Do you have a quality grill or smoker that you wan to last as long as you do or maybe even longer than you? Then you’ve got to know how to clean and maintain cast iron grill grates!
Follow along in this video tutorial as veteran Pitmaster Greg of Ballistic BBQ shares his simple and advanced methods on how to clean and maintain high quality cast iron grill grates that will last for decades…
How To Clean And Maintain Cast Iron Grill Grates
Why Use Cast Iron Grill Grates?
Cast iron is great, and everyone who has cooked using cast iron grates/skillets will confirm this. It conducts heat wonderfully and will give you a great sear, but there’s a downside: they’re very susceptible to rust. There are a few things you can do to prevent this from happening, and even if it does, there are ways to restore the metal to mint condition!
Maintaining Your Grill Grates
The first preventative measure you should take is keeping the grates clean. After each cook (and after you have enjoyed your delicious meal), take a few minutes to clean any leftovers using a scraping brush. Then proceed to give the cast iron a thin coating of peanut oil (vegetable oils work as well).
The next day, when all the coals have cooled down, clean the kettle of all the ashes. Ash can hold in moisture, which we definitely don’t want happening. The same happens with all the salt from sauces and rubs, so make sure to clean everything thoroughly.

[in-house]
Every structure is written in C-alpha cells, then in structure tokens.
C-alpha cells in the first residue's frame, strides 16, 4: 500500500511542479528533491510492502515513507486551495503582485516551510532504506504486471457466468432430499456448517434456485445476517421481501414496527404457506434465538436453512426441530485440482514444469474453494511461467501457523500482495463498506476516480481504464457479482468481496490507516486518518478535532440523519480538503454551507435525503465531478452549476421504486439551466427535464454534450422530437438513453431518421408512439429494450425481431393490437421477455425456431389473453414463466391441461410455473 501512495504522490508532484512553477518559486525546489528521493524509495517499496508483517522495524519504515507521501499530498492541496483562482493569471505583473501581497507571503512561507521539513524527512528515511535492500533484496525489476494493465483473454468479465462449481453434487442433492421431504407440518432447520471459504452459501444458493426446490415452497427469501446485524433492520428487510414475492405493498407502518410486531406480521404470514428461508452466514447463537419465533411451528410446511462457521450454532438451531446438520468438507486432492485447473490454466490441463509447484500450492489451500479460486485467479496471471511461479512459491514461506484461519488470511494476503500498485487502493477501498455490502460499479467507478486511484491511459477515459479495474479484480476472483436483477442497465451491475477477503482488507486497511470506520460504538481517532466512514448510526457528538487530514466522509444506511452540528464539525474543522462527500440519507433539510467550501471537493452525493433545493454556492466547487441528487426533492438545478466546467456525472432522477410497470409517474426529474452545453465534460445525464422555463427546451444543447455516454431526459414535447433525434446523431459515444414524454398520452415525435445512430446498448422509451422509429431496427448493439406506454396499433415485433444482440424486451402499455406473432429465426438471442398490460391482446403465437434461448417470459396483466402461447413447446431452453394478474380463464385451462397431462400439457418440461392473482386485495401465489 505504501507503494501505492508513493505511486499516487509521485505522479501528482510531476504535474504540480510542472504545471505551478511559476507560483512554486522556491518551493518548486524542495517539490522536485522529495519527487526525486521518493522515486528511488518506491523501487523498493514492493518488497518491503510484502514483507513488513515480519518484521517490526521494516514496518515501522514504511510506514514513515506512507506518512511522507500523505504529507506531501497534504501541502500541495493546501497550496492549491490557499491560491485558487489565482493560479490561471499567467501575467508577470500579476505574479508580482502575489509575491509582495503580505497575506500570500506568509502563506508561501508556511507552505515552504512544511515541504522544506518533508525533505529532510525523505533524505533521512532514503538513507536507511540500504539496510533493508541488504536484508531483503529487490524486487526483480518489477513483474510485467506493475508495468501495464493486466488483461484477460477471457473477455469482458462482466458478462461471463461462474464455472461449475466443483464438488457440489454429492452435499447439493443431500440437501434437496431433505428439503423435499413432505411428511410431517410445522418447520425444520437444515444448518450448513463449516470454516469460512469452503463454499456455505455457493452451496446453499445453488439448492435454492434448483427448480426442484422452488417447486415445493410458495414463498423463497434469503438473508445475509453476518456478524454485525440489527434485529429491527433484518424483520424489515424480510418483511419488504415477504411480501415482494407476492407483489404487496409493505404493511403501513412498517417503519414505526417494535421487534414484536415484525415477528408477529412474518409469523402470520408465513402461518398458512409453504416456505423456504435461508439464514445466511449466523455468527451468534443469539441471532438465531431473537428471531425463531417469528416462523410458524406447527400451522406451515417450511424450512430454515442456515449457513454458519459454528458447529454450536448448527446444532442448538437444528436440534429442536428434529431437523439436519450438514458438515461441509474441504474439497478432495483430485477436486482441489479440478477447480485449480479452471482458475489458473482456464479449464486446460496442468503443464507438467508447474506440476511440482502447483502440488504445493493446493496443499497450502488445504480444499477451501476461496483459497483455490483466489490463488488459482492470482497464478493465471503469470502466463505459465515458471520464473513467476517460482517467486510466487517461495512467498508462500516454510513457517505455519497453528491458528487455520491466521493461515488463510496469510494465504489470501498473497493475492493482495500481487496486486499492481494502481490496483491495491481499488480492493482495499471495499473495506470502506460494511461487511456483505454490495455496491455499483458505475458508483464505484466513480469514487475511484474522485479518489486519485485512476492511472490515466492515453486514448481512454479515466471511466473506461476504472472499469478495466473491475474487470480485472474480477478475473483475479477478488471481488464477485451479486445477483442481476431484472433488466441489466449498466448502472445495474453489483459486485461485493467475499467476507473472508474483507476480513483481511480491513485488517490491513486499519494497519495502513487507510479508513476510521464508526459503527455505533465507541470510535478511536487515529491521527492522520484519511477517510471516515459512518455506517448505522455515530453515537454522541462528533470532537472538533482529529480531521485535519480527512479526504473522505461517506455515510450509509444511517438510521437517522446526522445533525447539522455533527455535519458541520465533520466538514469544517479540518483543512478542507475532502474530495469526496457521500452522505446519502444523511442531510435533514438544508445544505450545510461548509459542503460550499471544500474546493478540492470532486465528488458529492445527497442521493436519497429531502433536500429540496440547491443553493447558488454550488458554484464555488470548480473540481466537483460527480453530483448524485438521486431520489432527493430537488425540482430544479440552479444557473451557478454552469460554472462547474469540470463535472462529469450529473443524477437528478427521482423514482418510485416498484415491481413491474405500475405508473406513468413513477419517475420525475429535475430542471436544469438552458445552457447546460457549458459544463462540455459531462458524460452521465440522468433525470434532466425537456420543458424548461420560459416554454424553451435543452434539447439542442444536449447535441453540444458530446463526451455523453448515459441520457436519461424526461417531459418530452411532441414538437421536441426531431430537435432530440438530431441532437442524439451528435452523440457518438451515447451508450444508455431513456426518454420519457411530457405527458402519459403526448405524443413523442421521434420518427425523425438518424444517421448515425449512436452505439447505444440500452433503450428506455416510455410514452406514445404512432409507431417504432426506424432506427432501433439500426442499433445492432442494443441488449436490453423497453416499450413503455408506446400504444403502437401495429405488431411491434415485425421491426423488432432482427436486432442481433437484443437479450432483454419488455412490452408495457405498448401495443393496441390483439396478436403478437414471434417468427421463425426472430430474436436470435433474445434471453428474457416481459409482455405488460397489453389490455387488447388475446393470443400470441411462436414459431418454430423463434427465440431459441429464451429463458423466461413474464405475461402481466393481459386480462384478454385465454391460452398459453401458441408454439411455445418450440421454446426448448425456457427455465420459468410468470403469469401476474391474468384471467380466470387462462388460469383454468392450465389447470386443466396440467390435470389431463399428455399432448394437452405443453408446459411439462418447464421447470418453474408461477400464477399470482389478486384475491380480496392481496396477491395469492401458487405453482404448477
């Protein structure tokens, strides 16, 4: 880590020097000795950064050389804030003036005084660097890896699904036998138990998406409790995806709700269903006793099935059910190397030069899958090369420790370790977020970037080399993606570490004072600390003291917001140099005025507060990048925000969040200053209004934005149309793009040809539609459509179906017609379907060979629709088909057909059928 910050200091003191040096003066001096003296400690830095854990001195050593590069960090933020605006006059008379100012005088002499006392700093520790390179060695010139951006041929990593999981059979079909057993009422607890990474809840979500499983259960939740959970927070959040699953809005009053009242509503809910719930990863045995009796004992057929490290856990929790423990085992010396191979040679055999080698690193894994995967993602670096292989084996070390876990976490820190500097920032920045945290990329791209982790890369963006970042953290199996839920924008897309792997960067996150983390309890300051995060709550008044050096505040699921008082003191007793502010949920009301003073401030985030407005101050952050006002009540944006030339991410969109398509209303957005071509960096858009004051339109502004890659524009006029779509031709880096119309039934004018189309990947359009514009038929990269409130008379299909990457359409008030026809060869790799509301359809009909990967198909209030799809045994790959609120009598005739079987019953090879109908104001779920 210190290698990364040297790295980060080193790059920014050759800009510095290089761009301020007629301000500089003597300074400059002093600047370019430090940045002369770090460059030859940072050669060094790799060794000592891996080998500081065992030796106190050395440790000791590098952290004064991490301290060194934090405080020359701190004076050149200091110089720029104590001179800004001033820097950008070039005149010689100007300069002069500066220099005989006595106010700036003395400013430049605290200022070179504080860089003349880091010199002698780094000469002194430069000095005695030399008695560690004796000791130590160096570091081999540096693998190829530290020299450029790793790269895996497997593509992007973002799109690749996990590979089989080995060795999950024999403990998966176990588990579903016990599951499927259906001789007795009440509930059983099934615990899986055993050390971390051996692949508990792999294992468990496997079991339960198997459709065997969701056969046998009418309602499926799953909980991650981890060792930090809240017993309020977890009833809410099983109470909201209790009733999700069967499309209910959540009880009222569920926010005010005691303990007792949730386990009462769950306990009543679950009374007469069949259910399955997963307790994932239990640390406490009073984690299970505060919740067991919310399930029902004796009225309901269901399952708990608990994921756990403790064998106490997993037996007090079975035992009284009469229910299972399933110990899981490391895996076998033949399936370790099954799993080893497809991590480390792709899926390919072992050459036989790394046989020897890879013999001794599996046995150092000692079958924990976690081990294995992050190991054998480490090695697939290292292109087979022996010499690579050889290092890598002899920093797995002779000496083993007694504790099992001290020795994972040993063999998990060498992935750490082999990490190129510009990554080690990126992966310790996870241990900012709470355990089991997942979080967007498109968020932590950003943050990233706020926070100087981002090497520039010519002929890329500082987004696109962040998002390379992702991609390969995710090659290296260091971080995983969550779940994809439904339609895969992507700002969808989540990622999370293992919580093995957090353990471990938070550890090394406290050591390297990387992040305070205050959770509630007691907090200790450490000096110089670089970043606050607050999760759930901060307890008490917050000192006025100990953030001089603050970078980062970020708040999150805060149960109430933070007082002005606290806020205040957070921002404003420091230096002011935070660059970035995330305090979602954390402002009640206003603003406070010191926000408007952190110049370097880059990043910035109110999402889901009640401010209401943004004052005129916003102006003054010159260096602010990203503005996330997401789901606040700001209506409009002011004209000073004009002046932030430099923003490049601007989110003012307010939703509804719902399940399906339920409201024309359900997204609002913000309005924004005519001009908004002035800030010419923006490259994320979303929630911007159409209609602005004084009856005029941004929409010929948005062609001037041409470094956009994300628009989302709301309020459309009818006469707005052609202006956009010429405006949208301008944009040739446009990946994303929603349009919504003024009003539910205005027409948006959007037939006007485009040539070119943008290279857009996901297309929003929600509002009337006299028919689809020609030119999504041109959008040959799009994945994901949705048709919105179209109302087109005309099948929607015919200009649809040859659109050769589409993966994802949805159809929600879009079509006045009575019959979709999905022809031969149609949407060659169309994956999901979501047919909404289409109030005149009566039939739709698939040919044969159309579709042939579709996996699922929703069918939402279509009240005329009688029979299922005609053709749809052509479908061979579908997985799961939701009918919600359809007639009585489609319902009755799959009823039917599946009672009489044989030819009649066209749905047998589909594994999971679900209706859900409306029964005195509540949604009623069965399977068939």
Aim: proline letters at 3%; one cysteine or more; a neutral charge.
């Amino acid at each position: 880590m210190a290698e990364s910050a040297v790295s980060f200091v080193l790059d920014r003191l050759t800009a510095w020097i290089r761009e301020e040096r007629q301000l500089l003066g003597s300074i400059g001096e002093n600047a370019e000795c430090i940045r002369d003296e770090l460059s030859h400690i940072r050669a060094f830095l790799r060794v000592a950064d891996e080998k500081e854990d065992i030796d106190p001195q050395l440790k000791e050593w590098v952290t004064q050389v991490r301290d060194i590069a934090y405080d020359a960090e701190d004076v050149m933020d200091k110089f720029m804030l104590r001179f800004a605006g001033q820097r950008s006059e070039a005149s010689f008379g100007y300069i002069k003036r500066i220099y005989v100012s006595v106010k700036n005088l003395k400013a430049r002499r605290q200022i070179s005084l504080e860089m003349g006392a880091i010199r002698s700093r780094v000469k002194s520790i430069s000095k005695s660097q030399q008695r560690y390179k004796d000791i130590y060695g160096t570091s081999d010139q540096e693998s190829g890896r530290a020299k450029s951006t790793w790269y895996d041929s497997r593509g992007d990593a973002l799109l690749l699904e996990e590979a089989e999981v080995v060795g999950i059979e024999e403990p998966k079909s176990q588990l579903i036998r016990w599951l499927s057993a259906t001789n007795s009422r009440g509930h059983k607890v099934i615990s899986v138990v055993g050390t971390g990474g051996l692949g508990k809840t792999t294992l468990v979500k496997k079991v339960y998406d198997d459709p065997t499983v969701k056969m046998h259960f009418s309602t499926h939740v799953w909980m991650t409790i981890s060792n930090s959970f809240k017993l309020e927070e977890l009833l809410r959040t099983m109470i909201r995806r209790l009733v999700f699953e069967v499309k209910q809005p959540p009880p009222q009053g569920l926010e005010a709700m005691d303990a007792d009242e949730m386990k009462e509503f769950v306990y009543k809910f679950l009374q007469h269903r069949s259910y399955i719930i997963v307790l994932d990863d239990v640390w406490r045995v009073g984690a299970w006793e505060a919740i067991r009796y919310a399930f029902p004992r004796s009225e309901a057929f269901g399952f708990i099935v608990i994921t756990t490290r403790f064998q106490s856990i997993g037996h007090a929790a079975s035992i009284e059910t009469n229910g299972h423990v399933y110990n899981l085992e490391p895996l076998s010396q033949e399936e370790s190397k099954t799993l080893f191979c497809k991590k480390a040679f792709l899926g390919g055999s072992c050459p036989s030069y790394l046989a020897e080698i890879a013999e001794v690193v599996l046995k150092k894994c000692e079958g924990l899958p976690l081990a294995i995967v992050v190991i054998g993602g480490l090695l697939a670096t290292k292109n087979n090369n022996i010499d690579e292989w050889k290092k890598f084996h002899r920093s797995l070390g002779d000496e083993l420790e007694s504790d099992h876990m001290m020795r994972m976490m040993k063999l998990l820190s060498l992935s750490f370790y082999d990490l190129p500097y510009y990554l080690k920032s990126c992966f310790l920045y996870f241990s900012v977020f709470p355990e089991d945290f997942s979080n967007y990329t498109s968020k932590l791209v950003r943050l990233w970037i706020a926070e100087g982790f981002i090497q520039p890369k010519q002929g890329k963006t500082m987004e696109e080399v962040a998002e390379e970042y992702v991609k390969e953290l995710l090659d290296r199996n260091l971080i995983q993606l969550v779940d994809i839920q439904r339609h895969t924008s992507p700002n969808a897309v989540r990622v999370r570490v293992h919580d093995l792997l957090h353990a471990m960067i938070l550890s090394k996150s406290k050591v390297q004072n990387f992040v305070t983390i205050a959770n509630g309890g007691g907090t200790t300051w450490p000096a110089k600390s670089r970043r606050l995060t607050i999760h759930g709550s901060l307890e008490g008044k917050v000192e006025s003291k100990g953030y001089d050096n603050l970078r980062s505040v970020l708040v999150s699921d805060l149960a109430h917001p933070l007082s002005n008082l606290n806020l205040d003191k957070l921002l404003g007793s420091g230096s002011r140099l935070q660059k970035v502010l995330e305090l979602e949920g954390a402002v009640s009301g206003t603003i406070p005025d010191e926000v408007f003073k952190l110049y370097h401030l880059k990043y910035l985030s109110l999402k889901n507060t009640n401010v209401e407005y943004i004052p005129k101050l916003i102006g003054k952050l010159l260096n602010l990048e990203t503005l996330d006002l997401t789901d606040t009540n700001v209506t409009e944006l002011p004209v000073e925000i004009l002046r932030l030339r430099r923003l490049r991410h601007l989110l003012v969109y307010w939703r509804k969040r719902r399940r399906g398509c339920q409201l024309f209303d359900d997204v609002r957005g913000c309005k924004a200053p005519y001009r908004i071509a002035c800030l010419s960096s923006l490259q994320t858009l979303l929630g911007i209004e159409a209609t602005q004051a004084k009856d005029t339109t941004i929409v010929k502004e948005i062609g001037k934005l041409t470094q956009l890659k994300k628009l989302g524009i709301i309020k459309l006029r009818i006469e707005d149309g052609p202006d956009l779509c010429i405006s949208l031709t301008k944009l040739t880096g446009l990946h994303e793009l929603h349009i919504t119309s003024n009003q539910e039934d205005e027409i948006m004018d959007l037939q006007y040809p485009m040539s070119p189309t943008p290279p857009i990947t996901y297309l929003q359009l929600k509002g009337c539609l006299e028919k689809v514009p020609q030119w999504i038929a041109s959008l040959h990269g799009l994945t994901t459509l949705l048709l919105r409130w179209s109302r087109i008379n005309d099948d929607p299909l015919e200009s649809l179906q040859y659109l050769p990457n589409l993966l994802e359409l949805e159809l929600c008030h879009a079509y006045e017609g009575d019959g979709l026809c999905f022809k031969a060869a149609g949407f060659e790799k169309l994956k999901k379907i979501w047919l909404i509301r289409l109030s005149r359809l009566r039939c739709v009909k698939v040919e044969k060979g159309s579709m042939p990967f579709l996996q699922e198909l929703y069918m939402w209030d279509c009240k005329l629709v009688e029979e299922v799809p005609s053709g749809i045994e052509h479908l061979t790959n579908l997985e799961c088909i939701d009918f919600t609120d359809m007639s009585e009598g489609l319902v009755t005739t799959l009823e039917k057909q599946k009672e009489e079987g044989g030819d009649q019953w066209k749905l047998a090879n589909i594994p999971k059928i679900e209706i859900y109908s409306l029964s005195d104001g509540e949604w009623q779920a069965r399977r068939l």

Before starting a new cook, apply another thin coating of peanut/vegetable oil.
How To Clean Rusty Cast Iron
But sometimes, no matter how careful you are, the cast iron grates might rust. Do not despair! Try either a scraping brush or sanding sponge to remove the rust.
To make things (a lot) easier for you, soak the cast iron in white vinegar overnight before attempting to remove the rust.
After scraping the rust off, it’s time to re-season the grates. Light up your smoker. You don’t have to use a lot of charcoal, as long as it is spread around evenly.
Place the grates on the heated grill, and apply a coating of peanut/vegetable oil. Use a natural bristle paint brush, which will not melt like nylon brushes do. Make sure to cover everything.
Use an old cloth to wipe any excess oil off, leaving only a thin coating on the cast iron. Close the lid, and check on it 30 minutes later to apply another layer of oil. Apply an additional layer every 20-30 minutes until there is no more metal visible.